15. What does your personalized Social Security report say today regarding your spouse’s and your Social Security income when you retire? To find out, go to: https://www.ssa.gov/myaccount/
16. After turning 65 and going on Medicare, how much are you going to be paying for Medicare per person and per month? Will your retirement income be so high that it will trigger paying the additional fee for Medicare? This add-on fee is called the Income Related Monthly Adjustment Amount (IRMAA). IRMAA has six brackets and can be hundreds of dollars per month per person. Are you going to be paying IRMAA?
Next month we will have five more numbers everyone should know. Our categories will be, Credit Score & Debt and Risk & Asset Allocation.
Our Financial Bad Boy This Month
Silicon Valley Bank Collapses
Source: The Wall Street Journal, March 11-12, 2023, pages A1
A brief recap of bank failures in March:
March 8 – Sivergate Bank, San Diego, CA, announced they intend to wind down operations and voluntarily liquidate.
March 10 – Silicon Valley Bank (SVB), Santa Clare, CA, was closed by the California Dept of Financial Protection and the FDIC.
March 12 – Signature Bank, New York, NY, shut down by FDIC and the Federal Reserve.
March 12 - Treasury Secretary Yellen, Federal Reserve Chair Powell, FDIC Chair Gruenberg, and Director of the National Economic Council Director Brainard, met and determined there was a “systemic risk to the U.S. banking system” and thereby were authorized by law to transfer all assets of SVB, insured and uninsured, to the newly created bridge bank, SV Bridge Bank NV. Customers therefore had full access to their money on the morning of March 13 for both Signature Bank and SVB.
March 16 – Eleven major banks moved $30 billion of uninsured deposits into First Republic Bank, San Francisco, CA, to help it stay afloat.
March 19 – UBS agreed to buy their in-country competitor, Credit Suisse for $3.2 billion. Both banks are based in Zurich, Switzerland.
Silicon Valley Bank collapsed on Friday, March 10, due to a run on the bank. Depositors were frightened at least in part by the billionaire, Peter Thiel, who on Thursday, March 9, said to SVB depositors, “There is no downside to withdrawing your money from SVB.”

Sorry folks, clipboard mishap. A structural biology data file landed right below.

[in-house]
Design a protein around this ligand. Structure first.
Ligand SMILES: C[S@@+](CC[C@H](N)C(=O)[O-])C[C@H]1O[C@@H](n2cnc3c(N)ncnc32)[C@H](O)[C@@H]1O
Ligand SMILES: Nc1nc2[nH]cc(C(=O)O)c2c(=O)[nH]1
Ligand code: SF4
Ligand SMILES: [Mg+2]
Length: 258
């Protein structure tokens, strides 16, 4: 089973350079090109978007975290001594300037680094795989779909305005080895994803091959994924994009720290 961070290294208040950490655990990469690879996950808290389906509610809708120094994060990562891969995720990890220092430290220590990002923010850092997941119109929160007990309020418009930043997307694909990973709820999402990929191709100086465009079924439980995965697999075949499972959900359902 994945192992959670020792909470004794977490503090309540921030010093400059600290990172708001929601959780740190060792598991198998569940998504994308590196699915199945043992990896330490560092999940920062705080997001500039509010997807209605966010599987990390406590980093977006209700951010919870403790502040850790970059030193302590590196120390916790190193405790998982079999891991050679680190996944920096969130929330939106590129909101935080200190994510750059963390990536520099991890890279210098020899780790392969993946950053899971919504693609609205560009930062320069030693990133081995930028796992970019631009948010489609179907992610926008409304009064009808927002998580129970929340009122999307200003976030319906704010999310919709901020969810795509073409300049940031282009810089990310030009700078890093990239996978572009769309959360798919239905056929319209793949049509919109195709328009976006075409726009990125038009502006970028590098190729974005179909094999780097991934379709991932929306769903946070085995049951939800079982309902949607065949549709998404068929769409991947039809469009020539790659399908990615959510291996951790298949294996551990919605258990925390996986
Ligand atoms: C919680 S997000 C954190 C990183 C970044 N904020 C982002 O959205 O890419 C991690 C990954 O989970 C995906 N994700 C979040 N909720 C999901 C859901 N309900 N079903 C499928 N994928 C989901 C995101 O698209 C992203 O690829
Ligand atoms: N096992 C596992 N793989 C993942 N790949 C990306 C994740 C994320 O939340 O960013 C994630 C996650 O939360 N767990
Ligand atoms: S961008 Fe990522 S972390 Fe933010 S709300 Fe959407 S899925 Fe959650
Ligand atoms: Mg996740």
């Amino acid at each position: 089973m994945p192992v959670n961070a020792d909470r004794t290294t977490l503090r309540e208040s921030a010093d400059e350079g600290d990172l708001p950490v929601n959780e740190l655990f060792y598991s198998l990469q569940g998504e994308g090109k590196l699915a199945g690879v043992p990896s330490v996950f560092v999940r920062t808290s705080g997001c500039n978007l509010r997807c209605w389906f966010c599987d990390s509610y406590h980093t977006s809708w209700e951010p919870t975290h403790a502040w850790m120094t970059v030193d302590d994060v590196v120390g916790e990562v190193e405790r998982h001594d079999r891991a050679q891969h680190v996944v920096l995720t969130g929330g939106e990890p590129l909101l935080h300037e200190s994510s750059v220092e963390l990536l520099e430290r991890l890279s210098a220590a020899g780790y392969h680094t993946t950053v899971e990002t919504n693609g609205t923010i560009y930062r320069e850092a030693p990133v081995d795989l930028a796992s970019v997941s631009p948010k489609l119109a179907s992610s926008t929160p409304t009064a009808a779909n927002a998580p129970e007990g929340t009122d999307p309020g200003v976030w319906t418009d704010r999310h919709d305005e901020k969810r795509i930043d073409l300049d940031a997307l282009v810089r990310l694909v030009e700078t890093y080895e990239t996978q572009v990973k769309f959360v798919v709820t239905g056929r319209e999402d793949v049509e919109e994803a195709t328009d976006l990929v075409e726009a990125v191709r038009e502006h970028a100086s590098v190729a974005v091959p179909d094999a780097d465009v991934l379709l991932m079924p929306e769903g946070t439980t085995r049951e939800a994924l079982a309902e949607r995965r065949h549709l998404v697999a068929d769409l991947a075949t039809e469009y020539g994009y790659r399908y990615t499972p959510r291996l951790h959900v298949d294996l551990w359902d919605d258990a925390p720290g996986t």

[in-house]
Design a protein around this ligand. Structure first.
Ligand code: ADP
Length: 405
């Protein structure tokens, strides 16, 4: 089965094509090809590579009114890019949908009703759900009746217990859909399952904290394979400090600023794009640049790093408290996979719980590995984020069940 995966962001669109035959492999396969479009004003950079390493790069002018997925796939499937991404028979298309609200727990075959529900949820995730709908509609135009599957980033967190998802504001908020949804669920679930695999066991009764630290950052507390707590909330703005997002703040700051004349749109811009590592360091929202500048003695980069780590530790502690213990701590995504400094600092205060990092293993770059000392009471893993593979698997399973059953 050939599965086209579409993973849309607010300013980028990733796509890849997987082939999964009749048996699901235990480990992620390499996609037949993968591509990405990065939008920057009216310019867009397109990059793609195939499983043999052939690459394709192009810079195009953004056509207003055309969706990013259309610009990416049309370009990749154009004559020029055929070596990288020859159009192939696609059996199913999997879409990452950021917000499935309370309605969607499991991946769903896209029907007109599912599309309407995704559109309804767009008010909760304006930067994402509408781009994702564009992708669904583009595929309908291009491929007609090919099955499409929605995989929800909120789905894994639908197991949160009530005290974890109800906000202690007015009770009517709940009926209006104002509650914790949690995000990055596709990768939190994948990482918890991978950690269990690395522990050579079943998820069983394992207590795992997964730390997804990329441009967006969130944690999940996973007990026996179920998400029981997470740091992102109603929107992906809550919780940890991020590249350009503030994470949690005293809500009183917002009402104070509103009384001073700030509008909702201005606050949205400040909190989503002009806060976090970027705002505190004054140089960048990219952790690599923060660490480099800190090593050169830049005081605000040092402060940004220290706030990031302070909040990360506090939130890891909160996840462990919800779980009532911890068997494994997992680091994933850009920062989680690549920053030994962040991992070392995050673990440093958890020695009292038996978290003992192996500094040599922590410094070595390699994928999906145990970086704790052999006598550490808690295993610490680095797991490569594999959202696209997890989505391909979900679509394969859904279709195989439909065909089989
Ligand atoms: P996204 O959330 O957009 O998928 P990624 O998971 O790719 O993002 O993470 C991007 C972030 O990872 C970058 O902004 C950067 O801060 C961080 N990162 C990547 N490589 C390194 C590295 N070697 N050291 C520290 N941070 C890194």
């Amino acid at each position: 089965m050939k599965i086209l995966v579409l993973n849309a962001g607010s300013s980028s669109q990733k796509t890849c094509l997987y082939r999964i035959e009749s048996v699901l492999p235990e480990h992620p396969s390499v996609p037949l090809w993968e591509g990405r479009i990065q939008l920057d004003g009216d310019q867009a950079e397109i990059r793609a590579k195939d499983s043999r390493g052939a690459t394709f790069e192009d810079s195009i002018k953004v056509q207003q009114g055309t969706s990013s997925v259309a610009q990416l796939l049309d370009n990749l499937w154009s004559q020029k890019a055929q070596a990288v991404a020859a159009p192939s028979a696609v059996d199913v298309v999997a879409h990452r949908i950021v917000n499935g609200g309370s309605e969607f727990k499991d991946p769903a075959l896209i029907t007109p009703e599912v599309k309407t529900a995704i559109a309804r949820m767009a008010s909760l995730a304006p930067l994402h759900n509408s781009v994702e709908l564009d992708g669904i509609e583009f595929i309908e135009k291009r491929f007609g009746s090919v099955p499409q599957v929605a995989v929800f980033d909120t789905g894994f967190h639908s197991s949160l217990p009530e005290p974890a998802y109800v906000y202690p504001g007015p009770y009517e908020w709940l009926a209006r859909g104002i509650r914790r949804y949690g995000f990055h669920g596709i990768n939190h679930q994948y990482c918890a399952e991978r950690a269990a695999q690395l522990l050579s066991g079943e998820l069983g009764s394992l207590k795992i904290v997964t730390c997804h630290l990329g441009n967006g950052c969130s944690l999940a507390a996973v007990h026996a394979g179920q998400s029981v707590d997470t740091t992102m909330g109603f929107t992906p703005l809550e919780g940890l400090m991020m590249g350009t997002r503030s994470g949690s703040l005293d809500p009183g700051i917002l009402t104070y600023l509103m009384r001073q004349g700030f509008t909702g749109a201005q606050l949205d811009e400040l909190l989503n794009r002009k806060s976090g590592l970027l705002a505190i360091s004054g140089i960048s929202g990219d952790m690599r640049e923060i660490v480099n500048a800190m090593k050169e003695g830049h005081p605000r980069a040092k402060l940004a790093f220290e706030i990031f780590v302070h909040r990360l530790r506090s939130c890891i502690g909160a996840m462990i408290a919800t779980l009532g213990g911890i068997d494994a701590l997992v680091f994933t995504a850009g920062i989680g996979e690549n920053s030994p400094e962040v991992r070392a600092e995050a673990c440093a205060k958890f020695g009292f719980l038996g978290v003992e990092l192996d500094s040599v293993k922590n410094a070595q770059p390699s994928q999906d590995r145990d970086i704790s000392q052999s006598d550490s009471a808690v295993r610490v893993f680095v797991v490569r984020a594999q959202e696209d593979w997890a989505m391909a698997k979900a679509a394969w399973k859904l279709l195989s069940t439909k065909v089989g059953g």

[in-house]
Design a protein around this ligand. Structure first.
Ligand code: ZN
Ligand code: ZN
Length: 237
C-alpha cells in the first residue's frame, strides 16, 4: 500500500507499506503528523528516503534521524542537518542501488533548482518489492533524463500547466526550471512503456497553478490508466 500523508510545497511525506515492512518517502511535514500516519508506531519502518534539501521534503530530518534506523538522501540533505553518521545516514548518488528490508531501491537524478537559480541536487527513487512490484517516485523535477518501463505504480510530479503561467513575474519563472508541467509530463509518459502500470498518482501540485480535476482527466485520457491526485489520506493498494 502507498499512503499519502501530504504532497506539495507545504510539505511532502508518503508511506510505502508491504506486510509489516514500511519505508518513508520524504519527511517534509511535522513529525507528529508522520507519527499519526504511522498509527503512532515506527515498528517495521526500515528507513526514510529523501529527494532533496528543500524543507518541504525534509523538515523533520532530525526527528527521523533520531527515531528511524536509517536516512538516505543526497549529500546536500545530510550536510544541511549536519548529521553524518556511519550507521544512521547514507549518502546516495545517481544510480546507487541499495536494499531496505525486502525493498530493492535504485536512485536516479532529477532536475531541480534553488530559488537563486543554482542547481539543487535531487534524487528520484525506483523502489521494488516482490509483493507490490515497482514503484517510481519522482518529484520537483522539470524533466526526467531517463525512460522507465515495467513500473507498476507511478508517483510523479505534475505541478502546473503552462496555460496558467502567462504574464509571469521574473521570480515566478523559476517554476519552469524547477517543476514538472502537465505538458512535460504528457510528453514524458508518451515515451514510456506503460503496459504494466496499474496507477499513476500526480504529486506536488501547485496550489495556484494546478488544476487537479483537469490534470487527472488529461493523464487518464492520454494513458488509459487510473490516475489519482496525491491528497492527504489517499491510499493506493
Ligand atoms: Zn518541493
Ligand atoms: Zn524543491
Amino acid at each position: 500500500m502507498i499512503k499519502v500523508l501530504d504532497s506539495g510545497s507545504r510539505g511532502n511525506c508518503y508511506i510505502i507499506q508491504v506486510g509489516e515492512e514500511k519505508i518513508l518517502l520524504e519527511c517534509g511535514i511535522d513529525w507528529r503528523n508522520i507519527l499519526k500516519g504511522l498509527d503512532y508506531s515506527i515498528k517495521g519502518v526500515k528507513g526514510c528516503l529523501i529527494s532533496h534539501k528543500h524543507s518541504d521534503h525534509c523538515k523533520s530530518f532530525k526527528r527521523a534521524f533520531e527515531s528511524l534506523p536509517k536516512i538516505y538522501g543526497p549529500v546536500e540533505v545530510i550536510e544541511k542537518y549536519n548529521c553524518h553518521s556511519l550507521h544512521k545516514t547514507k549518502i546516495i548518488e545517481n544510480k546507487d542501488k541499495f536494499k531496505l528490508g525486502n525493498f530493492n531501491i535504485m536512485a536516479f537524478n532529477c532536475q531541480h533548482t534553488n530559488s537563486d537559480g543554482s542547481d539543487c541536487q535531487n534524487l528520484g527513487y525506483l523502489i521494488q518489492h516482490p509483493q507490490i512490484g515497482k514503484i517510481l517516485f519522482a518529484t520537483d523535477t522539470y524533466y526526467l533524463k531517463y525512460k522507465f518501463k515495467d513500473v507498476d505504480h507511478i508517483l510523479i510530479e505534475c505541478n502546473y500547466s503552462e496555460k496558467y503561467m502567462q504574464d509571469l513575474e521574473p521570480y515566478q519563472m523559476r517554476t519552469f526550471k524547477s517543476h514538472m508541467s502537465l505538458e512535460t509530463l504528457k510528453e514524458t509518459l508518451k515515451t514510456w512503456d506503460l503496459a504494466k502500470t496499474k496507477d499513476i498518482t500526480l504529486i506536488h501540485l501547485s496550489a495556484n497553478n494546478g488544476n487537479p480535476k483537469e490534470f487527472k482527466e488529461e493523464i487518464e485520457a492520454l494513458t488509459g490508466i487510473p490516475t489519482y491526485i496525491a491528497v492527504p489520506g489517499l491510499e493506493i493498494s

In the week before the collapse, Moody’s Investors Service reportedly informed SVB Financial, the bank’s holding company, that it was facing a potential downgrade of it credit rating because of its unrealized losses. On March 8, Moody’ downgraded SVB bonds. On March 9, customers withdrew $42 billion, leaving the bank with a negative cash balance of about $958 million. On March 10, trading of SVB stock was halted and the bank was closed.
Reuters reported that 89% of the deposits in receivership at SVB were uninsured as they exceeded the FDIC insurance level of $250,000 per account.
Kevin O’Leary, “Mr. Wonderful” on the TV show, Shark Tank, perhaps said it best when he said, “Federal regulators can’t keep propping up banks run by idiots!”
We would also add, why should the federal government underwrite bank depositors who recklessly put millions of dollars into bank accounts that are insured only to $250,000?
As of December 31, 2022, Warren Buffett’s portfolio shows he has invested a lot of money in the stock market. He also keeps a lot of cash available for “opportunities” that on occasion become available. At 2022 year-end, Warren had $32 billion in cash. But he has none of his “cash” in a bank. Warren puts his cash in Treasury Bills.
The Bond Market
Lorenz Financial has been purchasing research on the bond market for years. Recently, our source has decided to get out of that business. Therefore, our future comments on the Federal Reserve and the U.S. Treasury in this newsletter will be minimal.
Recommended Action for Your Bond Portfolio
This month our recommendations for an investor’s safe money has not changed.
- Very Short-Term Investment-Grade bond fund
- Short-Term U.S. Corporate or Securitized bond funds
- Certificates of Deposit (only if FDIC or NCUA insured)
- U.S. Savings I-Bonds (max savings is $10,000 per account per year)
- Cash (in a money market mutual fund paying 4.00% to 4.7% per year)
PAST PERFORMANCE IS NOT A GUARANTEE OF FUTURE RESULTS.
Pop Quiz Answer
Which countries are in the G7 and what do they do?
Answer: U.S., Canada, UK, France, Italy, Germany, Japan
The G7 is a high-profile venue for discussing and coordinating solutions to major global issues, especially in the area of trade, security, and economics. And of course, they have great photo ops for the G7 leaders.